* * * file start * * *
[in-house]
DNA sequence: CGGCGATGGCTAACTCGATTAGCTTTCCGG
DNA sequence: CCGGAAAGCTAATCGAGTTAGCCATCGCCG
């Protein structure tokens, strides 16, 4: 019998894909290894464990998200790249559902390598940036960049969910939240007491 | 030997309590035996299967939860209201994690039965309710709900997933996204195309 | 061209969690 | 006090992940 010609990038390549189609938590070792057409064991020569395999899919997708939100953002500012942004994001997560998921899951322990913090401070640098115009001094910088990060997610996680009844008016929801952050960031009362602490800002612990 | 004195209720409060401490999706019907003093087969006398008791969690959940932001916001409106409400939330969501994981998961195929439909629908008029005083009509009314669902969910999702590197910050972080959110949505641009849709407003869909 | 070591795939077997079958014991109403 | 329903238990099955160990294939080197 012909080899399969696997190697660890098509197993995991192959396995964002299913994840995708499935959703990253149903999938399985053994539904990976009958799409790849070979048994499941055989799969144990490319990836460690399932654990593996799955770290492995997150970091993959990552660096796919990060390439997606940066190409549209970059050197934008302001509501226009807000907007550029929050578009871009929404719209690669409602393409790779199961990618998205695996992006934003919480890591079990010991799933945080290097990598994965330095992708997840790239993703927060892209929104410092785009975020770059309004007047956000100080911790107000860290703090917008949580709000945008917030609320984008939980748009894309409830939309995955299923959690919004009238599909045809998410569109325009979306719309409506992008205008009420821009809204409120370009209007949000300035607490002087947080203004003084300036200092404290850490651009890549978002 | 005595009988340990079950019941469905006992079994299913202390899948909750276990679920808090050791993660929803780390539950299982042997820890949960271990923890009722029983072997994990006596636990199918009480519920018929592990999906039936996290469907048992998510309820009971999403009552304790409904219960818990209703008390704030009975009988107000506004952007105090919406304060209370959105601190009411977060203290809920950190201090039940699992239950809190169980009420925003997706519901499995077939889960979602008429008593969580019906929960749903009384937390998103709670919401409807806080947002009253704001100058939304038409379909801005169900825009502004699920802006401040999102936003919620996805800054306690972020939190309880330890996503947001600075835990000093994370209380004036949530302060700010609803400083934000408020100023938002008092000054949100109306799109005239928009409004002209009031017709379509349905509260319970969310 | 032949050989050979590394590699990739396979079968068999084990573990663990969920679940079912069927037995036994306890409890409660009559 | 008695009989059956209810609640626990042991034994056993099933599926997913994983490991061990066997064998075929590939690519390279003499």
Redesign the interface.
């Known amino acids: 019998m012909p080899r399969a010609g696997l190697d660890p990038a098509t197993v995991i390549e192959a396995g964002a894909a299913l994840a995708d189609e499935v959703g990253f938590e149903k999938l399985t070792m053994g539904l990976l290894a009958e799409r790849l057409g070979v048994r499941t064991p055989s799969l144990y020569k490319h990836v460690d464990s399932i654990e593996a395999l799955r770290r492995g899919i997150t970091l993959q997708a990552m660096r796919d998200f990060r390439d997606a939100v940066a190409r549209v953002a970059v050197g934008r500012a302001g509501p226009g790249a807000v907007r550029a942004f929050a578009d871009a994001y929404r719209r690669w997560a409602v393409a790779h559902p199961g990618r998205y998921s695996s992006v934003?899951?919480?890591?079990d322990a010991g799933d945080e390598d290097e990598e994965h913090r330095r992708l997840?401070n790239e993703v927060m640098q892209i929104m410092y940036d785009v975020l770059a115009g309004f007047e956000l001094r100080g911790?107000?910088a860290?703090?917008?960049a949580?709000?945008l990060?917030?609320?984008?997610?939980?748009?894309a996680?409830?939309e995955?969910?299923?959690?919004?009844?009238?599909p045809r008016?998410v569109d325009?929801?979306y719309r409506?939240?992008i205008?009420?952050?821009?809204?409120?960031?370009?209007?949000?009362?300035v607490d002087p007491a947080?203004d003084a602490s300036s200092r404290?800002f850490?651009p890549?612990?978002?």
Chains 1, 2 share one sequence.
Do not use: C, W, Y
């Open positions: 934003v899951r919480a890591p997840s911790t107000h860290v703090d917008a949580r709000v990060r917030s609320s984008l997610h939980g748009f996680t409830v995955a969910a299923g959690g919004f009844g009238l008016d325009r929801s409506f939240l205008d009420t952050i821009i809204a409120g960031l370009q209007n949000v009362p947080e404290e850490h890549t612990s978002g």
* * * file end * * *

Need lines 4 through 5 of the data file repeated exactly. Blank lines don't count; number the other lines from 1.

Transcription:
């Protein structure tokens, strides 16, 4: 019998894909290894464990998200790249559902390598940036960049969910939240007491 | 030997309590035996299967939860209201994690039965309710709900997933996204195309 | 061209969690 | 006090992940 010609990038390549189609938590070792057409064991020569395999899919997708939100953002500012942004994001997560998921899951322990913090401070640098115009001094910088990060997610996680009844008016929801952050960031009362602490800002612990 | 004195209720409060401490999706019907003093087969006398008791969690959940932001916001409106409400939330969501994981998961195929439909629908008029005083009509009314669902969910999702590197910050972080959110949505641009849709407003869909 | 070591795939077997079958014991109403 | 329903238990099955160990294939080197 012909080899399969696997190697660890098509197993995991192959396995964002299913994840995708499935959703990253149903999938399985053994539904990976009958799409790849070979048994499941055989799969144990490319990836460690399932654990593996799955770290492995997150970091993959990552660096796919990060390439997606940066190409549209970059050197934008302001509501226009807000907007550029929050578009871009929404719209690669409602393409790779199961990618998205695996992006934003919480890591079990010991799933945080290097990598994965330095992708997840790239993703927060892209929104410092785009975020770059309004007047956000100080911790107000860290703090917008949580709000945008917030609320984008939980748009894309409830939309995955299923959690919004009238599909045809998410569109325009979306719309409506992008205008009420821009809204409120370009209007949000300035607490002087947080203004003084300036200092404290850490651009890549978002 | 005595009988340990079950019941469905006992079994299913202390899948909750276990679920808090050791993660929803780390539950299982042997820890949960271990923890009722029983072997994990006596636990199918009480519920018929592990999906039936996290469907048992998510309820009971999403009552304790409904219960818990209703008390704030009975009988107000506004952007105090919406304060209370959105601190009411977060203290809920950190201090039940699992239950809190169980009420925003997706519901499995077939889960979602008429008593969580019906929960749903009384937390998103709670919401409807806080947002009253704001100058939304038409379909801005169900825009502004699920802006401040999102936003919620996805800054306690972020939190309880330890996503947001600075835990000093994370209380004036949530302060700010609803400083934000408020100023938002008092000054949100109306799109005239928009409004002209009031017709379509349905509260319970969310 | 032949050989050979590394590699990739396979079968068999084990573990663990969920679940079912069927037995036994306890409890409660009559 | 008695009989059956209810609640626990042991034994056993099933599926997913994983490991061990066997064998075929590939690519390279003499």
Redesign the interface.